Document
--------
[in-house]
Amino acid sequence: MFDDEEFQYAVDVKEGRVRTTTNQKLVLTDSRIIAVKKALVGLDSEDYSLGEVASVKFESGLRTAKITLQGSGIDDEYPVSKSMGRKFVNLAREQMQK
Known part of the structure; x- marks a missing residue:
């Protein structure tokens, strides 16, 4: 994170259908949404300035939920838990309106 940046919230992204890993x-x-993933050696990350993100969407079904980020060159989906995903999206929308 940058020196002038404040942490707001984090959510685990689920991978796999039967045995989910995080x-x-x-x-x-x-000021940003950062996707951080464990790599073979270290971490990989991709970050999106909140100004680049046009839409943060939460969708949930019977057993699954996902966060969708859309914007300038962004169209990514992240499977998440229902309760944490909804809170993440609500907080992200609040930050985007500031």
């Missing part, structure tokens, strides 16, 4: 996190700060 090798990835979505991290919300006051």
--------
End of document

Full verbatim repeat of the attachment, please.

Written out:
[in-house]
Amino acid sequence: MFDDEEFQYAVDVKEGRVRTTTNQKLVLTDSRIIAVKKALVGLDSEDYSLGEVASVKFESGLRTAKITLQGSGIDDEYPVSKSMGRKFVNLAREQMQK
Known part of the structure; x- marks a missing residue:
């Protein structure tokens, strides 16, 4: 994170259908949404300035939920838990309106 940046919230992204890993x-x-993933050696990350993100969407079904980020060159989906995903999206929308 940058020196002038404040942490707001984090959510685990689920991978796999039967045995989910995080x-x-x-x-x-x-000021940003950062996707951080464990790599073979270290971490990989991709970050999106909140100004680049046009839409943060939460969708949930019977057993699954996902966060969708859309914007300038962004169209990514992240499977998440229902309760944490909804809170993440609500907080992200609040930050985007500031």
């Missing part, structure tokens, strides 16, 4: 996190700060 090798990835979505991290919300006051």